Forums Latest Auctions Members
  1. JimInOz

    JimInOz "Helpful Hints from Heloise" of bracelet cleaning. Sep 22, 2019

    Posts
    10,636
    Likes
    19,527
    Not a real Turtle of course! :rolleyes:

    I recently received a Seiko 6309-7040 that the owner said was losing a bit of time and had a very stiff bezel, in addition to needing a service.

    First thing to do is inspect it for any obvious damage, all is good and this is in very nice condition for its age, DOM January 1981, so 38 years 8 months old.

    Next is to get a couple of shots of the watch.

    VS_FrontLE.JPG

    VS_Back.JPG
    As you can see, it has a nice original SUWA dial in good condition, nicely faded lume and very minimal corrosion on the hands.

    A quick check on the Timegrapher (default settings) just to see what the situation is.

    TG1.JPG

    Well that isn't a good sign. Maybe magnetised? Three passes over the demagnetiser and onto the winder for 12 hours to get some power in the mainspring. Another run on the Timegrapher and not really much difference.

    TG2.JPG

    To check actual time (we know the Timegrapher says it's losing minutes per day) I set it to my GPS controlled Citizen quartz and let it run for 24 hours.

    TimeLost.JPG

    Needless to say, losing about 16 minutes a day isn't a good sign so next I'll open it up and check for any obvious problems/damage.

    Mov1.JPG
    Mov2.JPG

    Nothing to see here, not even signs of a previous service (unless the watchmaker was very careful about scratching screw heads). For the next step, I'll disassemble it and inspect the parts before cleaning.

    But that'll have to wait as it's beer o'clock here so I'll finish off until the next instalment.
     
    fbf, Mad Dog, watchthirst and 20 others like this.
  2. Davidt

    Davidt Sep 22, 2019

    Posts
    5,771
    Likes
    8,934
    Looking forward to the next instalment.

    I can see an 80's Seiko diver in my future actually!
     
  3. JimInOz

    JimInOz "Helpful Hints from Heloise" of bracelet cleaning. Sep 23, 2019

    Posts
    10,636
    Likes
    19,527
    I did intend to do photo journal of this project, much like the professional ones by @Archer, @ChrisN and others.
    However, not having the discipline to stop in the middle of a procedure and photograph it, you will just have to rely on those places where I remember to get the cameras out.

    Anyway, onwards.
     
  4. JimInOz

    JimInOz "Helpful Hints from Heloise" of bracelet cleaning. Sep 23, 2019

    Posts
    10,636
    Likes
    19,527
    Now that we have a baseline on condition and operation I can start the strip down. This is fairly easy, starting from the autowind assembly, the rotor is removed, allowing Seiko’s neat little bi-directional winding system to be exposed. These components are removed and set aside.

    AutoBits.JPG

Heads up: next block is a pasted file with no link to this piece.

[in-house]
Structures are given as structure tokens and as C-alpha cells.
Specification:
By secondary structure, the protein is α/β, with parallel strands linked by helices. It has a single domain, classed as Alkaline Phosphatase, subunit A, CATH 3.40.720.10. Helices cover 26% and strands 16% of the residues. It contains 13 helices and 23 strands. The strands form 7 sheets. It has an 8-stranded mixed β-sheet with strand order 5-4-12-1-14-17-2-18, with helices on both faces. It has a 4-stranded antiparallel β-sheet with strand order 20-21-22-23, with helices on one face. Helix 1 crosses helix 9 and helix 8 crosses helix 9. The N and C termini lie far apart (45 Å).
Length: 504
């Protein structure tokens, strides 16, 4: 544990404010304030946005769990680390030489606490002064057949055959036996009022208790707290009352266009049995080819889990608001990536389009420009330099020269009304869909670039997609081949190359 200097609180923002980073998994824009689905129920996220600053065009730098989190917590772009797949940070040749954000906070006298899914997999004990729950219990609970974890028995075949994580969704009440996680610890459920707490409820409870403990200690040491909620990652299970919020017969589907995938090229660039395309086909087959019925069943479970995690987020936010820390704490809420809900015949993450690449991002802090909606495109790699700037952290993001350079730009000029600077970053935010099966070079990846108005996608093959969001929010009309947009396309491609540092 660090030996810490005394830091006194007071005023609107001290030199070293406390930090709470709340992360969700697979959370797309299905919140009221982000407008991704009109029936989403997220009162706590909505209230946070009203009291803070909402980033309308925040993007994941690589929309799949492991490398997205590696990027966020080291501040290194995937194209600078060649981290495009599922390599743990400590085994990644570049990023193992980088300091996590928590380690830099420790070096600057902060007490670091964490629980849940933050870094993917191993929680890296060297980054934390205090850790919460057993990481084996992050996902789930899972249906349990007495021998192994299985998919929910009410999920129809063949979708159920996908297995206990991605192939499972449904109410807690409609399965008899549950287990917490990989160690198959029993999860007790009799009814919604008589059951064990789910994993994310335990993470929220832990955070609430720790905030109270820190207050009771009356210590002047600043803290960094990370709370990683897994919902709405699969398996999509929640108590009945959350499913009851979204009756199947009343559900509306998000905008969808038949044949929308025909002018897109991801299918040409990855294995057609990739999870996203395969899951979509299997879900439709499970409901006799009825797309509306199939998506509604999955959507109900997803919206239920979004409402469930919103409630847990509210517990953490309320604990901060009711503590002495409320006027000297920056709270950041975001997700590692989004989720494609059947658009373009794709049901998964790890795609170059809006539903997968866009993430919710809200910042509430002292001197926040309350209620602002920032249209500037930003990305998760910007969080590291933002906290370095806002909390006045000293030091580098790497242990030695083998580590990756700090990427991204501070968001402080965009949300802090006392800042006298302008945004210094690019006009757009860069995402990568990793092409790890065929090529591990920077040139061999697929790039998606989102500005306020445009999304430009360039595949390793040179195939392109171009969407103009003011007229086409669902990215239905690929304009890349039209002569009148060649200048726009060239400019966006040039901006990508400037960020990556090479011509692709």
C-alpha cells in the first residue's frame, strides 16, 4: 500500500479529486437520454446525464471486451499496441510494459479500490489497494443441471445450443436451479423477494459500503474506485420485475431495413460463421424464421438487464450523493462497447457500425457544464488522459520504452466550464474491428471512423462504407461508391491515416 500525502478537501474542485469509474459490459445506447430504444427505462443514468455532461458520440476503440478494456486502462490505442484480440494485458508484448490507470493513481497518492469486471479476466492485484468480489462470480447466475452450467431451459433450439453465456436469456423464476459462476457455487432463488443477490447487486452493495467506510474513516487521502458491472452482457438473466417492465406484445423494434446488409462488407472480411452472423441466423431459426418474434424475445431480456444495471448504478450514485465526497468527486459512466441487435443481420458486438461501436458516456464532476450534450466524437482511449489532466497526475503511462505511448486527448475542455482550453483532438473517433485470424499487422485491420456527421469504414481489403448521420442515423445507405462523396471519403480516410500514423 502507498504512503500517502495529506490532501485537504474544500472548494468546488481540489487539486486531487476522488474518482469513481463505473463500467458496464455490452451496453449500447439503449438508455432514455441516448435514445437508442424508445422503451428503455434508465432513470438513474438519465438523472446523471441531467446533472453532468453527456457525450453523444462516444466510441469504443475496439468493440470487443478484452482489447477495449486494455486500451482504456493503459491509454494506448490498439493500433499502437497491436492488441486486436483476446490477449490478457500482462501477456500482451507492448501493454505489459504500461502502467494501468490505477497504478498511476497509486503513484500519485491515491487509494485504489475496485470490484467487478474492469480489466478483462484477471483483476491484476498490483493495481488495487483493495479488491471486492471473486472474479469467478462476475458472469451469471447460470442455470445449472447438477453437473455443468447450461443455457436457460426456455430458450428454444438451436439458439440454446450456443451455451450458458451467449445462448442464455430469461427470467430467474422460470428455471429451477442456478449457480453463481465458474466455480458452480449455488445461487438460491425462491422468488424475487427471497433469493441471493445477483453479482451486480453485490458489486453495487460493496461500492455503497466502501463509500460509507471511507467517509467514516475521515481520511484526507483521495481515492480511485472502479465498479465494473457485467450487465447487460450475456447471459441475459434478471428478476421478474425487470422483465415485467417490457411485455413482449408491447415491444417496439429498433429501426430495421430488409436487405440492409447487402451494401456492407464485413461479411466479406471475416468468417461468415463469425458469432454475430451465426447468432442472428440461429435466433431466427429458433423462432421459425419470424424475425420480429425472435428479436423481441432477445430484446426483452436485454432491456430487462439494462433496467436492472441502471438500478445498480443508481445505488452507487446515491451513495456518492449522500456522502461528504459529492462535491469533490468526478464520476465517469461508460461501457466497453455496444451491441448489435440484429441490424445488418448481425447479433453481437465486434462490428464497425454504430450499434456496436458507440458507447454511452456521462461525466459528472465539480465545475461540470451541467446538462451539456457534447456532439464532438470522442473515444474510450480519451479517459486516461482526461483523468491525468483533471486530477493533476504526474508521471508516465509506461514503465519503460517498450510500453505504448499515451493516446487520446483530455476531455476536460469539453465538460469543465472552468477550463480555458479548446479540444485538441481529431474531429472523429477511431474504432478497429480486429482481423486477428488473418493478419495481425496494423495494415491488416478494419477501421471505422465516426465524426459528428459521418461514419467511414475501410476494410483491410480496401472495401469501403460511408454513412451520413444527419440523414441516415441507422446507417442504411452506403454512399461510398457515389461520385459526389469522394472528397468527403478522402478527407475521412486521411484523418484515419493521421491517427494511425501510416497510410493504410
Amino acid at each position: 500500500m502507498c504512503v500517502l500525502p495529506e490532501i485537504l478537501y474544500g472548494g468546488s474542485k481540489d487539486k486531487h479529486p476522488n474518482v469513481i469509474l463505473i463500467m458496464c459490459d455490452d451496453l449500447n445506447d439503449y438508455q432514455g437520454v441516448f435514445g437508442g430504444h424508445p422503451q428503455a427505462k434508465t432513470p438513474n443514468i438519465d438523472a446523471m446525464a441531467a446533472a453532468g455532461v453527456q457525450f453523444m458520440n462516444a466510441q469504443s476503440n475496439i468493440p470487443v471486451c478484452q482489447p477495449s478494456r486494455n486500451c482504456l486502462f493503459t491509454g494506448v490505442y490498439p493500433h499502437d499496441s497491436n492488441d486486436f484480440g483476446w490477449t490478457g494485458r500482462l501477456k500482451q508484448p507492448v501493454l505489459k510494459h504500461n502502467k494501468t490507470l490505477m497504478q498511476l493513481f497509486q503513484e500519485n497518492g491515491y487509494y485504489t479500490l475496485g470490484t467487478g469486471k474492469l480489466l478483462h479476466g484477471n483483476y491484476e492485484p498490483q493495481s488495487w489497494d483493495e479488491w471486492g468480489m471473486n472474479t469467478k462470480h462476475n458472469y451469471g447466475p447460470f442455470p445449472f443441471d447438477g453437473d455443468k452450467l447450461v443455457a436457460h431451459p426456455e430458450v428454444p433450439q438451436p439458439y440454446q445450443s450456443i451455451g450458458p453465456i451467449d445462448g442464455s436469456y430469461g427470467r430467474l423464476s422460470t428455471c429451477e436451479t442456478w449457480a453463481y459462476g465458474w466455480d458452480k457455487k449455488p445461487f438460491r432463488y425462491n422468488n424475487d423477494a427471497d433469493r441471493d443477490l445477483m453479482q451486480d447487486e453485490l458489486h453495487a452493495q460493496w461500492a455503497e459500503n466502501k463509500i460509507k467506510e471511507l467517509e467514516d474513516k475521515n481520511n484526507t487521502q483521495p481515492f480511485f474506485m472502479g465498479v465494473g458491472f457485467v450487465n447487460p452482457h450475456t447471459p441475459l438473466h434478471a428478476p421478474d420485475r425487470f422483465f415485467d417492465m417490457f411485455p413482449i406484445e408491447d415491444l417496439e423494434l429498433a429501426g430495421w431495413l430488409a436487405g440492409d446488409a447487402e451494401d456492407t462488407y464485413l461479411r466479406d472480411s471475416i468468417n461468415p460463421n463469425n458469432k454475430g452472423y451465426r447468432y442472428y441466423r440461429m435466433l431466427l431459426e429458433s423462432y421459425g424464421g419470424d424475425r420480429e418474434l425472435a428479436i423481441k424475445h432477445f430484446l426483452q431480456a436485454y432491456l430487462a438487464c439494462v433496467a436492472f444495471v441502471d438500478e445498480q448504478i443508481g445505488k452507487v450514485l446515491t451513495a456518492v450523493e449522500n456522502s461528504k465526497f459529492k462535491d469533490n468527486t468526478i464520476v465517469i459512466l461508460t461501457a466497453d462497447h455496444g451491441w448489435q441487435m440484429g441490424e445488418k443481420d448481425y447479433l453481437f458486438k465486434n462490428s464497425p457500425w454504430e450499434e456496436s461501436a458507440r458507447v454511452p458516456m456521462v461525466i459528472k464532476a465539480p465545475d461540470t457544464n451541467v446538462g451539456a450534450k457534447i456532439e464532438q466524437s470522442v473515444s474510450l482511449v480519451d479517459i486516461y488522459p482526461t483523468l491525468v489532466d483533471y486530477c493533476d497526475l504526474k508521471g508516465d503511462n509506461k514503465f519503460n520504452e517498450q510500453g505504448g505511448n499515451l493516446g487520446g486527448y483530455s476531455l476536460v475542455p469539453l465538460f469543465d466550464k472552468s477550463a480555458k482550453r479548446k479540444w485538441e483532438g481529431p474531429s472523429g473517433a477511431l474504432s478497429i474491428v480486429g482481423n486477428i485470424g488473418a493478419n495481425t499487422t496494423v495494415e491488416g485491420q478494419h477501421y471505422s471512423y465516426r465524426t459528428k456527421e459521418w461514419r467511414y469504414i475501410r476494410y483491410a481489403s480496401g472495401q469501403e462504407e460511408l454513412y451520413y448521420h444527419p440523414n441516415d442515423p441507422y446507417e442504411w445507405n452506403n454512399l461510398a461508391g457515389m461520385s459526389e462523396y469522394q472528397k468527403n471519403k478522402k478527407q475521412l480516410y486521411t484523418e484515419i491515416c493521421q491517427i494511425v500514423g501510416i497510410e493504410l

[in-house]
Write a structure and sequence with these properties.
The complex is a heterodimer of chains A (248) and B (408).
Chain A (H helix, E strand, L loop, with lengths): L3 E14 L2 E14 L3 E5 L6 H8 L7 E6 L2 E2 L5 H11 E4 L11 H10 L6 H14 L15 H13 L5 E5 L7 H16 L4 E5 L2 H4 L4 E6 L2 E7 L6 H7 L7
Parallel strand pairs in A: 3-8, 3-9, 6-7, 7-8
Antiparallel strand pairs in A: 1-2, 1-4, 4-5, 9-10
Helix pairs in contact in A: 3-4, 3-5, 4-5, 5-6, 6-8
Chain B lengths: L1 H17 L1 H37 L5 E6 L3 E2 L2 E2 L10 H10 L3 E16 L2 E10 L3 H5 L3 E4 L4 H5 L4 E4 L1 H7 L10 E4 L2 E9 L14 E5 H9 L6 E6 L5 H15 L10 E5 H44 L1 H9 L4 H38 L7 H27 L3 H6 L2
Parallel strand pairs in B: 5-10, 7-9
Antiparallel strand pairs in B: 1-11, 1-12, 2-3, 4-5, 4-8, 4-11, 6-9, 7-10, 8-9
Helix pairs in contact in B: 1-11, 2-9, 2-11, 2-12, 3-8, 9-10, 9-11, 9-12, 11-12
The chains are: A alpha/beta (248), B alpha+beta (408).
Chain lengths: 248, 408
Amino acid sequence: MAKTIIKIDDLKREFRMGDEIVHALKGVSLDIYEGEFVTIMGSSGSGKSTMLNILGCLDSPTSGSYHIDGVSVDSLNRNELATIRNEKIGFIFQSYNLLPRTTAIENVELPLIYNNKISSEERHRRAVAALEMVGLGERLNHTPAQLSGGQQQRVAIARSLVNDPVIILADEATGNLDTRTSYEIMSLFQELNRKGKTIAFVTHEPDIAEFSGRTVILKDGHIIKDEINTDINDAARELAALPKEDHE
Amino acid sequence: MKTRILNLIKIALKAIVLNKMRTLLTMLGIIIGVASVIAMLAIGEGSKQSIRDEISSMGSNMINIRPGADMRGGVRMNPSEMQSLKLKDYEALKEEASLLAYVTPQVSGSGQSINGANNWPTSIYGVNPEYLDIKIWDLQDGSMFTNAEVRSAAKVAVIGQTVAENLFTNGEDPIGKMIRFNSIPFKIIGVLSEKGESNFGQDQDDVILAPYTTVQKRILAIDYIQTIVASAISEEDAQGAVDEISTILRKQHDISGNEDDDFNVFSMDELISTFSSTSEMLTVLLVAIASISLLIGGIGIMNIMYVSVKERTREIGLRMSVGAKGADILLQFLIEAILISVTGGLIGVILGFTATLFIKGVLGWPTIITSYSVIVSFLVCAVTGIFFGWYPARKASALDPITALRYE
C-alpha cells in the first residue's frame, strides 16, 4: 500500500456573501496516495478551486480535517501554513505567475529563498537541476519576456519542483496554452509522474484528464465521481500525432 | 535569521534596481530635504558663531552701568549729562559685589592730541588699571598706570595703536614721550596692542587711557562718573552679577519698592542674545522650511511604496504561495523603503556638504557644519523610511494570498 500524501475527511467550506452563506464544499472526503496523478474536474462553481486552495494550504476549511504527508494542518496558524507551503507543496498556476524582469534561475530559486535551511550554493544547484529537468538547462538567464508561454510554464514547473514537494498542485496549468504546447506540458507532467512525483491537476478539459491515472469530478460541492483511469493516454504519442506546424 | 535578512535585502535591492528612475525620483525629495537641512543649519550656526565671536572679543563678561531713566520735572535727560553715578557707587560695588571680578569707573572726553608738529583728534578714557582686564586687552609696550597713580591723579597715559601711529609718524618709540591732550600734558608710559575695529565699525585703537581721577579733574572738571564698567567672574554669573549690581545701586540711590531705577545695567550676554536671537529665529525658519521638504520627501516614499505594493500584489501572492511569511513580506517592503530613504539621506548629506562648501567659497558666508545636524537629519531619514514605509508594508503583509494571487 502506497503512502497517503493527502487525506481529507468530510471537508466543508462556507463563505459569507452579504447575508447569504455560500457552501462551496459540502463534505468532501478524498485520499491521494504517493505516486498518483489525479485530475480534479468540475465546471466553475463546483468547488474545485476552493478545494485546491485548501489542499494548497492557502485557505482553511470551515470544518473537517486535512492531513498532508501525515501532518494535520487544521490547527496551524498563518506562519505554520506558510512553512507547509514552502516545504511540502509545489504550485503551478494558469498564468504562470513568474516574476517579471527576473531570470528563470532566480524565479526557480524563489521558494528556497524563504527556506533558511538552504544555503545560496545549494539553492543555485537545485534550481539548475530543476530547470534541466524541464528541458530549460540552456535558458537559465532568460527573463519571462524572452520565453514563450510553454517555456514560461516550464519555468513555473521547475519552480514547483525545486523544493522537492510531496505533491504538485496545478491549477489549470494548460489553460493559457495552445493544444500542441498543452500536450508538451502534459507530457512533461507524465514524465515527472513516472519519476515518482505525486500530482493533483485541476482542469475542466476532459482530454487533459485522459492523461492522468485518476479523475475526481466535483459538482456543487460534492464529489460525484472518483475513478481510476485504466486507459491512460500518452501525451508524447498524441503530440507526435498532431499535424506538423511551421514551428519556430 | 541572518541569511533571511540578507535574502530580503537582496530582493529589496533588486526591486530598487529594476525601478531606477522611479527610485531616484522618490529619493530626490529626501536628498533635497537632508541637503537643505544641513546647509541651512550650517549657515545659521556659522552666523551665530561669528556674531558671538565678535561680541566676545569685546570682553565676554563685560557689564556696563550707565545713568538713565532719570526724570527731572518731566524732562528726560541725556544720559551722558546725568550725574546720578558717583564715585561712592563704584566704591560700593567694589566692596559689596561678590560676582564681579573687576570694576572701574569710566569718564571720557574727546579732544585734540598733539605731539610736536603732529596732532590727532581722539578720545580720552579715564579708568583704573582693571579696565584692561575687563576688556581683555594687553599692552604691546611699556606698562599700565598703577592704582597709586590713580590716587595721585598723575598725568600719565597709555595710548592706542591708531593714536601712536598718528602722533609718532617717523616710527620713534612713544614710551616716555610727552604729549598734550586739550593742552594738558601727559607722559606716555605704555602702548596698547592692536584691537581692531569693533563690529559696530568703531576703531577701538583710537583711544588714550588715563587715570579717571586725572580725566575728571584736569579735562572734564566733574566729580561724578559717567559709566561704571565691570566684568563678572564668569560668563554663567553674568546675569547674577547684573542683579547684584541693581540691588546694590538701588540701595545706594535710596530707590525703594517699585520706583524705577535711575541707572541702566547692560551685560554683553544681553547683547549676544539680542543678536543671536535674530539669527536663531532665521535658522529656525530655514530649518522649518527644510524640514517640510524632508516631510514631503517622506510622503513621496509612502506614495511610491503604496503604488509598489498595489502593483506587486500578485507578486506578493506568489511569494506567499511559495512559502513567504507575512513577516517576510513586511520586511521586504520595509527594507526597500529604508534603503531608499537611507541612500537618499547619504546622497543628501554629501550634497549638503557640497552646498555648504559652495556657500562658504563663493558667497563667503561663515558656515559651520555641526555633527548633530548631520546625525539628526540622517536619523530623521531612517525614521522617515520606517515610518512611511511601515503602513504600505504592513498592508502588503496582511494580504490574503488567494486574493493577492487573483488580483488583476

The hands will have to be removed, so now that the power is right down and while the stem is still in the watch, the hands are all aligned to make removal simple. The stem is then removed, the movement ring and movement taken out and the movement placed on a cushion to allow hands removal using a dial protector and hand levers. Next the dial feet screws are undone and the dial is taken off. With the dial gone I can remove the tiny circlip holding the day wheel, then the day wheel comes off allowing me to remove the plates holding the date wheel. As these items are taken off they’re placed in appropriate containers to prevent damage.

    DialGear.JPG

    Now we can see the front with all of the parts that control the day and date functions and the time/day/date setting arrangement.

    FrontWorks.JPG

    These are removed and placed in the parts tray leaving only the balance jewel assembly to be removed. This done, we can see the bare front plate. No real problems but the jewels don’t seem to have any oil and the barrel arbor area has a lot of dried out grease around it.

    FrontBare.JPG

    On to the other side. The balance assembly is removed temporarily to allow access to the pallet bridge which is removed, and then off comes the train bridge, which is also the barrel bridge, (the only thing I don’t like about this design). This exposes the full power train and allows removal of the fourth wheel (the one with four holes) and the third wheel (the three holes). Below we find the centre wheel bridge which is removed to allow the centre wheel and the click spring and the barrel to come out. The barrel and mainspring will be discussed later.

    PowerTrain.JPG

    The balance assembly is now replaced on the main plate for cleaning and the inspection and further breakdown will start.

    All of the parts are now safely in a holding tray and individual components can be checked.

    PartsTray.JPG
     
  5. JimInOz

    JimInOz "Helpful Hints from Heloise" of bracelet cleaning. Sep 23, 2019

    Posts
    10,636
    Likes
    19,527
    The barrel and mainspring were "interesting". In addition to lots of hard dry caked grease on the movement where the arbor sits........

    BarrelBadLube.JPG

    ........ the interior of the barrel wasn't much better. It appears that any lube had dried out ages ago, so inhibiting the ability of the unit to deliver optimal power to the movement.

    MSinBarrel.JPG

    Next was a check of the mainspring, in addition to lots of dry grease, it looked tired and had a couple of kinks that shouldn't be there, so maybe a new mainspring is in order.

    MainspringGunk.JPG

    Until next time.
     
  6. JimInOz

    JimInOz "Helpful Hints from Heloise" of bracelet cleaning. Sep 24, 2019

    Posts
    10,636
    Likes
    19,527
    A chilly day here in Melbourne and I couldn't get out on the scoot, so spent some time on the Turtle and now sitting here with an evening Guinness while I bring you (and the owner :D) up to date.

    With all of the parts separated a preliminary inspection didn't show any big problems so it was into baskets ready for cleaning.

    Parts4Cleaning.JPG

    Using my old but trusty watch cleaning machine from the 1950s I gave the parts ten minutes in cleaning solution, then spin dry and into rinse 1, spin again and into rinse 2, spin again.

    CleanMachine.JPG

    and then off to the parts dryer.

    PartsDryer.JPG

    Now that all of the old oil and dirt was gone I could check everything under a microscope. Even after a good bath, some parts STILL had grease residue, notably the mainspring barrel.

    BarrelCrud.JPG

    So it was out with a brush, peg wood and cleaning fluid for a scrub, and then into an ultrasonic bath to remove any residue. Much better now!

    BarrelClean.JPG